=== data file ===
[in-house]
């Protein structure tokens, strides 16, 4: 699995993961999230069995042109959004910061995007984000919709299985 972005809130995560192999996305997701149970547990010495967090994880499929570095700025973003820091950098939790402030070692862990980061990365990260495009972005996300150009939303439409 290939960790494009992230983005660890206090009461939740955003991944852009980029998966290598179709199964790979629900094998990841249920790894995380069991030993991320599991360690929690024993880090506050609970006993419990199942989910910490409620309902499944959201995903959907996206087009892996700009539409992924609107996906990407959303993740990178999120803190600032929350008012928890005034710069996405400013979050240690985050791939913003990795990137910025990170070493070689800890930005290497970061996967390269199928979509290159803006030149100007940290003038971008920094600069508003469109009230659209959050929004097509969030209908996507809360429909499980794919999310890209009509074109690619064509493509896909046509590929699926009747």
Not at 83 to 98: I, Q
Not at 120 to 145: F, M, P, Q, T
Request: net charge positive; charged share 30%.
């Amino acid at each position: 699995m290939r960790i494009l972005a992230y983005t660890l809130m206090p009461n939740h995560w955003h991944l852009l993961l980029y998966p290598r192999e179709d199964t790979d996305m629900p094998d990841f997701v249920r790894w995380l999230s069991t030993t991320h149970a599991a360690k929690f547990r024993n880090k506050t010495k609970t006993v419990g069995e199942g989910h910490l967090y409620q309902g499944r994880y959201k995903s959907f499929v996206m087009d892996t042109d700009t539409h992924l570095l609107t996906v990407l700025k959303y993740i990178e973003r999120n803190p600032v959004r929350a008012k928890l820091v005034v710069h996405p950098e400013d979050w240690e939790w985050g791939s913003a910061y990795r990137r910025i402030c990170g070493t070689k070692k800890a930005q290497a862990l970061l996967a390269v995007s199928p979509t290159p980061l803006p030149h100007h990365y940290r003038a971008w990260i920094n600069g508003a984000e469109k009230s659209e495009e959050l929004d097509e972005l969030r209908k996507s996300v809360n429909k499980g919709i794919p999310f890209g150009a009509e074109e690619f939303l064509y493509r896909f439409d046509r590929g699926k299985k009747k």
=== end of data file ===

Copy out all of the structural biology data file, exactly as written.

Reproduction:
[in-house]
């Protein structure tokens, strides 16, 4: 699995993961999230069995042109959004910061995007984000919709299985 972005809130995560192999996305997701149970547990010495967090994880499929570095700025973003820091950098939790402030070692862990980061990365990260495009972005996300150009939303439409 290939960790494009992230983005660890206090009461939740955003991944852009980029998966290598179709199964790979629900094998990841249920790894995380069991030993991320599991360690929690024993880090506050609970006993419990199942989910910490409620309902499944959201995903959907996206087009892996700009539409992924609107996906990407959303993740990178999120803190600032929350008012928890005034710069996405400013979050240690985050791939913003990795990137910025990170070493070689800890930005290497970061996967390269199928979509290159803006030149100007940290003038971008920094600069508003469109009230659209959050929004097509969030209908996507809360429909499980794919999310890209009509074109690619064509493509896909046509590929699926009747």
Not at 83 to 98: I, Q
Not at 120 to 145: F, M, P, Q, T
Request: net charge positive; charged share 30%.
């Amino acid at each position: 699995m290939r960790i494009l972005a992230y983005t660890l809130m206090p009461n939740h995560w955003h991944l852009l993961l980029y998966p290598r192999e179709d199964t790979d996305m629900p094998d990841f997701v249920r790894w995380l999230s069991t030993t991320h149970a599991a360690k929690f547990r024993n880090k506050t010495k609970t006993v419990g069995e199942g989910h910490l967090y409620q309902g499944r994880y959201k995903s959907f499929v996206m087009d892996t042109d700009t539409h992924l570095l609107t996906v990407l700025k959303y993740i990178e973003r999120n803190p600032v959004r929350a008012k928890l820091v005034v710069h996405p950098e400013d979050w240690e939790w985050g791939s913003a910061y990795r990137r910025i402030c990170g070493t070689k070692k800890a930005q290497a862990l970061l996967a390269v995007s199928p979509t290159p980061l803006p030149h100007h990365y940290r003038a971008w990260i920094n600069g508003a984000e469109k009230s659209e495009e959050l929004d097509e972005l969030r209908k996507s996300v809360n429909k499980g919709i794919p999310f890209g150009a009509e074109e690619f939303l064509y493509r896909f439409d046509r590929g699926k299985k009747k």